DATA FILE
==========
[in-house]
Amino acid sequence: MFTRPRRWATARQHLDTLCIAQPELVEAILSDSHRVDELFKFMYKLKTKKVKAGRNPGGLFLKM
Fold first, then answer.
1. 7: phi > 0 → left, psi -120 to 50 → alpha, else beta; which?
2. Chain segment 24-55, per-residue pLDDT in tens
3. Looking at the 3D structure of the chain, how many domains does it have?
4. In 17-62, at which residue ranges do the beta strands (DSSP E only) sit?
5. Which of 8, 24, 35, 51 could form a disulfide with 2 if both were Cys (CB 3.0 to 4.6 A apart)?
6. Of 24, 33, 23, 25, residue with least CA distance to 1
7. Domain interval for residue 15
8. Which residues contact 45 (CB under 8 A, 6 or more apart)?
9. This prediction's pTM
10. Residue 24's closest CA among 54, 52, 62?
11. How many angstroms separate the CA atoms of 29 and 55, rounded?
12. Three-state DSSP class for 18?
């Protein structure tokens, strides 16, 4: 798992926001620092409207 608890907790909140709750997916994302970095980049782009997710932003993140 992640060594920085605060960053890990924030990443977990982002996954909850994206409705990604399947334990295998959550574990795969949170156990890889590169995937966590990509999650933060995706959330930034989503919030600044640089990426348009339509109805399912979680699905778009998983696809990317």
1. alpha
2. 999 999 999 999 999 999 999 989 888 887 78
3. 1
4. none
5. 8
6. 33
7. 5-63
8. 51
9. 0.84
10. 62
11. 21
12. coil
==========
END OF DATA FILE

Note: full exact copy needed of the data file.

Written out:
[in-house]
Amino acid sequence: MFTRPRRWATARQHLDTLCIAQPELVEAILSDSHRVDELFKFMYKLKTKKVKAGRNPGGLFLKM
Fold first, then answer.
1. 7: phi > 0 → left, psi -120 to 50 → alpha, else beta; which?
2. Chain segment 24-55, per-residue pLDDT in tens
3. Looking at the 3D structure of the chain, how many domains does it have?
4. In 17-62, at which residue ranges do the beta strands (DSSP E only) sit?
5. Which of 8, 24, 35, 51 could form a disulfide with 2 if both were Cys (CB 3.0 to 4.6 A apart)?
6. Of 24, 33, 23, 25, residue with least CA distance to 1
7. Domain interval for residue 15
8. Which residues contact 45 (CB under 8 A, 6 or more apart)?
9. This prediction's pTM
10. Residue 24's closest CA among 54, 52, 62?
11. How many angstroms separate the CA atoms of 29 and 55, rounded?
12. Three-state DSSP class for 18?
């Protein structure tokens, strides 16, 4: 798992926001620092409207 608890907790909140709750997916994302970095980049782009997710932003993140 992640060594920085605060960053890990924030990443977990982002996954909850994206409705990604399947334990295998959550574990795969949170156990890889590169995937966590990509999650933060995706959330930034989503919030600044640089990426348009339509109805399912979680699905778009998983696809990317």
1. alpha
2. 999 999 999 999 999 999 999 989 888 887 78
3. 1
4. none
5. 8
6. 33
7. 5-63
8. 51
9. 0.84
10. 62
11. 21
12. coil